We can see here a good example of the political praxis of the current Brazilian government. A parliamentarian offends China; China responds to offenses; the head of Brazilian diplomacy starts to demand excuses from China and; the parliamentarian returns to say that he did not offend China, distorting his own speech instead of acknowledging his mistake and asking for forgiveness. The case reveals the total unpreparedness and the most complete malpractice with which the Brazilian government deals with its main relations. The result is simple: now, not only the strategic relations between Brazil and China are shaken, but also their own diplomatic ties.

Making the situation even worse, the crisis comes amid a global pandemic scenario. Unlike Brazil, where the number of cases grows every day and the State remains silent in the face of social chaos, China knew how to deal with the situation very well and already has COVID-19 under control. Stable, Beijing seeks to help other countries affected by the virus, stimulating international cooperation. One of those countries that China had committed to helping was Brazil. In response to a desperate request from the Brazilian Ministry of Health, China was sending medical equipment to Brazil to help fighting the coronavirus. This relationship now does not give any certainty about the future, which, in the event of a cancellation, will represent a great loss for Brazil.

Finally, the Brazilian president himself, Jair Bolsonaro, tried to contact personally with Chinese President Xi Jinping in order to resolve the situation and justify his son’s irresponsible attitude. Xi, however, ignored him and refused to answer, making it clear that China is not willing to “forget” Eduardo’s offense. A new note from the Chinese Embassy was published, this time criticizing and rejecting the administration carried out by Ernesto Araújo.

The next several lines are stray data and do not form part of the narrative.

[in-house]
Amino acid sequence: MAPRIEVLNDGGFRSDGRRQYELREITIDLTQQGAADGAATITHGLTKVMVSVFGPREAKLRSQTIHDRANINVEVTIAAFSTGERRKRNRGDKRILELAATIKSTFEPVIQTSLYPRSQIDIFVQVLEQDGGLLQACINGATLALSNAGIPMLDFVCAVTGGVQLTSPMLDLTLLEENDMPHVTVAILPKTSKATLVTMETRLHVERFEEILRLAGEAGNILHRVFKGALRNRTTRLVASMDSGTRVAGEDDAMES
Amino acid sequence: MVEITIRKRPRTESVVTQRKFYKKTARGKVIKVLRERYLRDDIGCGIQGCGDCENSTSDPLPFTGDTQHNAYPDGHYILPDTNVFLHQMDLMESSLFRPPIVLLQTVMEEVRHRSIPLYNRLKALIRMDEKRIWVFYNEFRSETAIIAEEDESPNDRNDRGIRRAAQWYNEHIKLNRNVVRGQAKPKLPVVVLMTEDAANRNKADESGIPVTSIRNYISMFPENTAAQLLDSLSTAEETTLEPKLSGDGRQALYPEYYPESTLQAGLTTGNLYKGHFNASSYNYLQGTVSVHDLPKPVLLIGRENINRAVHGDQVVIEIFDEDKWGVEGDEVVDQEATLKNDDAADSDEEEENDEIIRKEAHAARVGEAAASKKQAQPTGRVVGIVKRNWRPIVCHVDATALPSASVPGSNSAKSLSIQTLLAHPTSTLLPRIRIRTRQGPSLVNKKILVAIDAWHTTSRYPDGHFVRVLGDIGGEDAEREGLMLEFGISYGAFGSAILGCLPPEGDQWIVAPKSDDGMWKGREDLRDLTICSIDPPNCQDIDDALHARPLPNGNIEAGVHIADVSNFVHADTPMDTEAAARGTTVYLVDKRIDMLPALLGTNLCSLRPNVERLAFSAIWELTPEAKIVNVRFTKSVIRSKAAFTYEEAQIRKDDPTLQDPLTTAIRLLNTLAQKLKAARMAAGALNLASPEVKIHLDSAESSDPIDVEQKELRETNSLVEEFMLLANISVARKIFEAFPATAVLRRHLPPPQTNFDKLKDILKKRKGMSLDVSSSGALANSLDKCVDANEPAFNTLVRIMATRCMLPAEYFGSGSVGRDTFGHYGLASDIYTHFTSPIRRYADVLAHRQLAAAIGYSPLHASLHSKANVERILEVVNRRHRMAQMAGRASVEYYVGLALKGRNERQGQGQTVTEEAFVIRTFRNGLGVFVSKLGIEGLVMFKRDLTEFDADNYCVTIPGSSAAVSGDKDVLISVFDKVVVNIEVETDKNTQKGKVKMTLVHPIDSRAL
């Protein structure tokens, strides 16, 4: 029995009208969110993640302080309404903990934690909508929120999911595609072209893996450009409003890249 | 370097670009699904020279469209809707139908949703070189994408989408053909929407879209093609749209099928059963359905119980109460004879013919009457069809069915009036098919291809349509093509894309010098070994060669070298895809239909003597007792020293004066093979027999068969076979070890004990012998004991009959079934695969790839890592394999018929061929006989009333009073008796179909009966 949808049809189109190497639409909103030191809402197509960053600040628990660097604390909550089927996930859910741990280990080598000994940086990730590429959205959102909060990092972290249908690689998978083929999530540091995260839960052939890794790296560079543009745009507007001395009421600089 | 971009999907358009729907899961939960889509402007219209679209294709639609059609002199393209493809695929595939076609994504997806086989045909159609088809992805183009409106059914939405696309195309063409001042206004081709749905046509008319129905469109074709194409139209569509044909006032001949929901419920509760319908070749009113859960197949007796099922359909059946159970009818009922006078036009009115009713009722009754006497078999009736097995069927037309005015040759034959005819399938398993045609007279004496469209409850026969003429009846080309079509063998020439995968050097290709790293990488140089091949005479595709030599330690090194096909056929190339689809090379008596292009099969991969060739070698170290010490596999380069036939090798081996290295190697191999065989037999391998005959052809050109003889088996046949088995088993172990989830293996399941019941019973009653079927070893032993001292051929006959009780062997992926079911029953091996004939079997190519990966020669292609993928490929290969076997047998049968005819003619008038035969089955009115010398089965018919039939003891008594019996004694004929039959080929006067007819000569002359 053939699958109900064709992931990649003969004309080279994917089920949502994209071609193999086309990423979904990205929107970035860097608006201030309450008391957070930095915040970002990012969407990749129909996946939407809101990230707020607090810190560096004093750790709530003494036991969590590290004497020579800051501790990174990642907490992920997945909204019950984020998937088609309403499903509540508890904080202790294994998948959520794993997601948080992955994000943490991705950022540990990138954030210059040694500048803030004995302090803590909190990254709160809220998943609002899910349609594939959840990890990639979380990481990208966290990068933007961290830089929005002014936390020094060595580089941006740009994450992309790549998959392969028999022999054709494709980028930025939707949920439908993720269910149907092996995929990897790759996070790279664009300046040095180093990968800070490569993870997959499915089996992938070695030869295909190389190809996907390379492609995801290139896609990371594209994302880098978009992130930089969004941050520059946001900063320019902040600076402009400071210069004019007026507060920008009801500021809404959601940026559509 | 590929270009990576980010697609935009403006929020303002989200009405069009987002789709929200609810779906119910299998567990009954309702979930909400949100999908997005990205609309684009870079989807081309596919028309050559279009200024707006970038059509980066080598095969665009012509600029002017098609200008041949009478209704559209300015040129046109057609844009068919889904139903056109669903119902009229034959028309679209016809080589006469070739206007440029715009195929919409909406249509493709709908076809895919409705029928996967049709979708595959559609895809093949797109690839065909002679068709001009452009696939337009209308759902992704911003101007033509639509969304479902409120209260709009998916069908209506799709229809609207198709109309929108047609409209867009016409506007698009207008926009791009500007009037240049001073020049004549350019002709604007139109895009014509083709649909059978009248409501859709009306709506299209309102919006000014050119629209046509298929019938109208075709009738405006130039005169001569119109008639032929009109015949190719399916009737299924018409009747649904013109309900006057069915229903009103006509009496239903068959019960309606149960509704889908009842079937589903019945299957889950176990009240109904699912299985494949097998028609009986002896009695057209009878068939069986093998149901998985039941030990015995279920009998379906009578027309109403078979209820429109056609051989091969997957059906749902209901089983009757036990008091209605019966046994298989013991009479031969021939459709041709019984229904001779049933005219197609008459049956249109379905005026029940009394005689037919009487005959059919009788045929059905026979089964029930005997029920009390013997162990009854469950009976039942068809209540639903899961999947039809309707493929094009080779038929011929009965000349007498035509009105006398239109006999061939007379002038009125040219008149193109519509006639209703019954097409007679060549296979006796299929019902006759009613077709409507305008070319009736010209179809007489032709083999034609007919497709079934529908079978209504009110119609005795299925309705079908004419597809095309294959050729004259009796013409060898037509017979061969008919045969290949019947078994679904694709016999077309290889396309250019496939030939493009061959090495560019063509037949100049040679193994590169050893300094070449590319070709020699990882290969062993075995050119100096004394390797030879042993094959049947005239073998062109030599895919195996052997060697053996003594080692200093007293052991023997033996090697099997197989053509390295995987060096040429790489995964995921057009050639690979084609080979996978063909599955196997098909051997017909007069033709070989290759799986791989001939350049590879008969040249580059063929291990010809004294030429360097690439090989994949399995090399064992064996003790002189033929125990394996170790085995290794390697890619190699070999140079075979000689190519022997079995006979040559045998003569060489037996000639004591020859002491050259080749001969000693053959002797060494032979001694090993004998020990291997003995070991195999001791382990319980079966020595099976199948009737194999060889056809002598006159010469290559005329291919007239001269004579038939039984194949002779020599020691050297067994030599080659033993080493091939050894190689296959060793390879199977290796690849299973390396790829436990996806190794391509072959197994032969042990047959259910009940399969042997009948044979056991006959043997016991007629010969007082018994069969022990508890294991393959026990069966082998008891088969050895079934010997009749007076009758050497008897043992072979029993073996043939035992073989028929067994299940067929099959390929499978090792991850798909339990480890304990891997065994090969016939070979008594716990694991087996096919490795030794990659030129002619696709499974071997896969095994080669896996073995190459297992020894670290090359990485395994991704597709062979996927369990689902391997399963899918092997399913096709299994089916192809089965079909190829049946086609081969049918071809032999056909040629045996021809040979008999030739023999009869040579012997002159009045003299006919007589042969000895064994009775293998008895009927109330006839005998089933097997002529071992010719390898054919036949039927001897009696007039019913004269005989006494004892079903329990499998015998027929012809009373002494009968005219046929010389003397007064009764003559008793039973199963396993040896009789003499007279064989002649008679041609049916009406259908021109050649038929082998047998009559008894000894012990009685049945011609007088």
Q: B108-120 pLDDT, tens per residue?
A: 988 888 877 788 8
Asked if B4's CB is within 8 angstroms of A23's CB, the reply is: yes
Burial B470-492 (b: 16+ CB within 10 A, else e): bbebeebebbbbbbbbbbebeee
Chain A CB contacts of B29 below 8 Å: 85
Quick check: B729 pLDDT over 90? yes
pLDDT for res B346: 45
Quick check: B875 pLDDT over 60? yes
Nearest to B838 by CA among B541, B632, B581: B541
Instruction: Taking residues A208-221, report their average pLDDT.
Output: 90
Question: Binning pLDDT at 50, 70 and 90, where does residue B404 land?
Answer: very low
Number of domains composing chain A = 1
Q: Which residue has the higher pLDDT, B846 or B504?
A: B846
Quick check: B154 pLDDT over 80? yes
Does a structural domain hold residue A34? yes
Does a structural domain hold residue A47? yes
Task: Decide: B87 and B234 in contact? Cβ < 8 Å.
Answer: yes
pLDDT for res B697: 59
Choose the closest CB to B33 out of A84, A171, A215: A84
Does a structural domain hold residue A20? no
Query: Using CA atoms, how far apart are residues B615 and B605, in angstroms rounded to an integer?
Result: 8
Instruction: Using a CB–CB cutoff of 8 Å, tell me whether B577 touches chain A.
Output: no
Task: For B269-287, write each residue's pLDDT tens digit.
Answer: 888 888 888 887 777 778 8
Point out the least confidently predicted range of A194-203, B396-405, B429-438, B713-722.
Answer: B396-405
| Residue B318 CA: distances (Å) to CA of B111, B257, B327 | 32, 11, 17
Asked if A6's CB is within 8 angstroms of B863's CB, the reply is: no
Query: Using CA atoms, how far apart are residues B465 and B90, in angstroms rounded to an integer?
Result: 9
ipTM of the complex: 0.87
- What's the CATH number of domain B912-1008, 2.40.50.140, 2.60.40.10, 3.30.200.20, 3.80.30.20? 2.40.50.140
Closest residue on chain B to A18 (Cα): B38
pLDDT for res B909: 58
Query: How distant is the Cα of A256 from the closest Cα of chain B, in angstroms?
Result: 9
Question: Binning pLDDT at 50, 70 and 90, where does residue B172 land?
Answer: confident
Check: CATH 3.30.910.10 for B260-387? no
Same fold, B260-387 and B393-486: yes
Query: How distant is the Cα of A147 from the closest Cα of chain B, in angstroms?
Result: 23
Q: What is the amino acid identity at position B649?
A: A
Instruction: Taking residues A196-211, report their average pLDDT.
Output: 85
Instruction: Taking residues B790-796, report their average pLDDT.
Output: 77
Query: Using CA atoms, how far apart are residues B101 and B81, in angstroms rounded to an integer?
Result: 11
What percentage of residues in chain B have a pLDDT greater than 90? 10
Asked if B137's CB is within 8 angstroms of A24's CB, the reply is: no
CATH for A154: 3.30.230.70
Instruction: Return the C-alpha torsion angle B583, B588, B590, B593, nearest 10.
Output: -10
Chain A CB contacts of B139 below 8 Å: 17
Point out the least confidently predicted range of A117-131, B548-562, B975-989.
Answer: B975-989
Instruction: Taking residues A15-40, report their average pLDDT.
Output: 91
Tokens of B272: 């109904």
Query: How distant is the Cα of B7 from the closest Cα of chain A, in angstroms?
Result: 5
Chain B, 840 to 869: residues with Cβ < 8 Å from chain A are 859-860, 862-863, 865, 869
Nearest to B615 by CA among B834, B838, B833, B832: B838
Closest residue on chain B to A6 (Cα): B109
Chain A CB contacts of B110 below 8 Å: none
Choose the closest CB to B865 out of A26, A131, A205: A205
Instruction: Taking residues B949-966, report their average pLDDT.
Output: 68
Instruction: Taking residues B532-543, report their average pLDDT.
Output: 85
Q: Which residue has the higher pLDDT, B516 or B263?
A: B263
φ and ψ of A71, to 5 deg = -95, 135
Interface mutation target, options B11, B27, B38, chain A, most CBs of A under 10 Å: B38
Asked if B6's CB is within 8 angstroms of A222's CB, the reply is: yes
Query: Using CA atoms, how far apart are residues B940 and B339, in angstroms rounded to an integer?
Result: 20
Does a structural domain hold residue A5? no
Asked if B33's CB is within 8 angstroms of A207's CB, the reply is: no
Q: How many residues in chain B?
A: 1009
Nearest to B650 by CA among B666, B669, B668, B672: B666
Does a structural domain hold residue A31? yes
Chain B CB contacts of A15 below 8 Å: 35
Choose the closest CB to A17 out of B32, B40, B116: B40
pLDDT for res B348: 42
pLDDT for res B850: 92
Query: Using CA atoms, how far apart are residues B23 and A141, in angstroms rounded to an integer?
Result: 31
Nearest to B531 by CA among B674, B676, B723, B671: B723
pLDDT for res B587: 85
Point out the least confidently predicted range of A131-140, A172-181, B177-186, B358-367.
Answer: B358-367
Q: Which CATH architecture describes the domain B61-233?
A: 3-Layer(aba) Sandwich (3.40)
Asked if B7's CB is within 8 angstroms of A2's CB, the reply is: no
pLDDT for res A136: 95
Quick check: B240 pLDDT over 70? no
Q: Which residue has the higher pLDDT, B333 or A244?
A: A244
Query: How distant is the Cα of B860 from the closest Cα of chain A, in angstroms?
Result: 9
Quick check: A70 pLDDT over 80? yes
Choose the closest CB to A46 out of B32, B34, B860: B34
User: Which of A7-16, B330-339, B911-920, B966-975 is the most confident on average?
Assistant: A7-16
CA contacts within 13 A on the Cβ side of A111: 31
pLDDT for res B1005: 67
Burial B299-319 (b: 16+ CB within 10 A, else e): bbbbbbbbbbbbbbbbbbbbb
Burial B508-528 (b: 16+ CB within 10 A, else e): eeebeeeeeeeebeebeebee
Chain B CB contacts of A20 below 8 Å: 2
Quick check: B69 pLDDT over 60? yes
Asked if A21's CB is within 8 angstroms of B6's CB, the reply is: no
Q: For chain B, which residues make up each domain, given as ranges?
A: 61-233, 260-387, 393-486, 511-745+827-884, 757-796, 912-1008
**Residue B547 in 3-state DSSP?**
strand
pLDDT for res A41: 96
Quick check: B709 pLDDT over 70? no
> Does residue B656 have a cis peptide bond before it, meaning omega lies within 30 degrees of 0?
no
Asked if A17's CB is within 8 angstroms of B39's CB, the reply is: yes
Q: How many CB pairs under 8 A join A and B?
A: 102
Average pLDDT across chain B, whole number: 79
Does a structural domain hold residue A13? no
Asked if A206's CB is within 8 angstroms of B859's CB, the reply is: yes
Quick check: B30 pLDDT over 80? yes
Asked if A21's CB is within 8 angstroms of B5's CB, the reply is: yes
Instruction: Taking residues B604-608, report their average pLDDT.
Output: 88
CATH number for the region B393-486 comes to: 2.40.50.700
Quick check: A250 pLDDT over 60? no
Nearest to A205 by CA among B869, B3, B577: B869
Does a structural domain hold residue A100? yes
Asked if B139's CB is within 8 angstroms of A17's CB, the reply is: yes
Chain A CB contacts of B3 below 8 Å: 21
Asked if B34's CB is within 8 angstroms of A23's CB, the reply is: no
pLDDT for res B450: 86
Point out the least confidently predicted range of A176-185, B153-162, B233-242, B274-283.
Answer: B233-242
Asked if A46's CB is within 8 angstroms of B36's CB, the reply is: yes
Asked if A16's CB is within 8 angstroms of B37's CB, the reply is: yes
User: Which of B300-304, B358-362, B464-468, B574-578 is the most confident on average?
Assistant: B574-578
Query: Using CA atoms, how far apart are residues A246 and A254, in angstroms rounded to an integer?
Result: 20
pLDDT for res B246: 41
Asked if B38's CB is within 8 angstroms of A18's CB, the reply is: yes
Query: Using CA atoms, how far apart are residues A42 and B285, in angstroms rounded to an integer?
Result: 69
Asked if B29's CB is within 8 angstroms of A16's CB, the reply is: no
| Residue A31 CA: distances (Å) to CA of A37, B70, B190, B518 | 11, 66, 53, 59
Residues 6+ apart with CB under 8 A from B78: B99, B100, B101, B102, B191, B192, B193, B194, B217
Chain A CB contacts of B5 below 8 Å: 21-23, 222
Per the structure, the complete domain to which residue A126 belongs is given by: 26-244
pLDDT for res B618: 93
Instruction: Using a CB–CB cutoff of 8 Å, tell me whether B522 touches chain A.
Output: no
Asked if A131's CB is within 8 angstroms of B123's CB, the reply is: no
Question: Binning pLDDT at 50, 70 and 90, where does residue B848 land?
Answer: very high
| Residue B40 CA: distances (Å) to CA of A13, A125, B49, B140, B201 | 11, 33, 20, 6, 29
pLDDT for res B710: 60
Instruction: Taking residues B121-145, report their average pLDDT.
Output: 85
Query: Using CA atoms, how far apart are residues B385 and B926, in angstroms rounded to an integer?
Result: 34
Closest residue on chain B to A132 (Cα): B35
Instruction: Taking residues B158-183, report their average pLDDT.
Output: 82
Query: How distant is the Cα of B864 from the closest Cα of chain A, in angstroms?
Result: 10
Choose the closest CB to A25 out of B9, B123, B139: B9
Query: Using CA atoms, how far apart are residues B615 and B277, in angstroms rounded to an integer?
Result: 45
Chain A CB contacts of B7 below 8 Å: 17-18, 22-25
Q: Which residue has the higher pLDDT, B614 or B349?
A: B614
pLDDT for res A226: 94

The attitude of Brazilian politicians is only a reflection of the neoliberal and pro-US ideology behind Jair Bolsonaro. Other similar testimonies have already been made by Brazilian public figures, even stating that COVID-19 may be a biological weapon produced by China itself – the biggest country affected by the pandemic. In addition, sinophobia is growing in the country, with an insurgent hatred against Asians, who are being seen as “propagators of COVID-19”. The collective madness implanted by the Bolsonaro phenomenon is already causing Brazilians to refer to the coronavirus as “Chinese flu” or “Asian virus”. The fact is that the biggest loser in all this is Brazil itself, which is in serious danger of breaking ties with its biggest economic partner.

Lucas Leiroz de Almeida is a research fellow in international law at the Federal University of Rio de Janeiro.

March 24, 2020 Posted by | Economics | , , | 1 Comment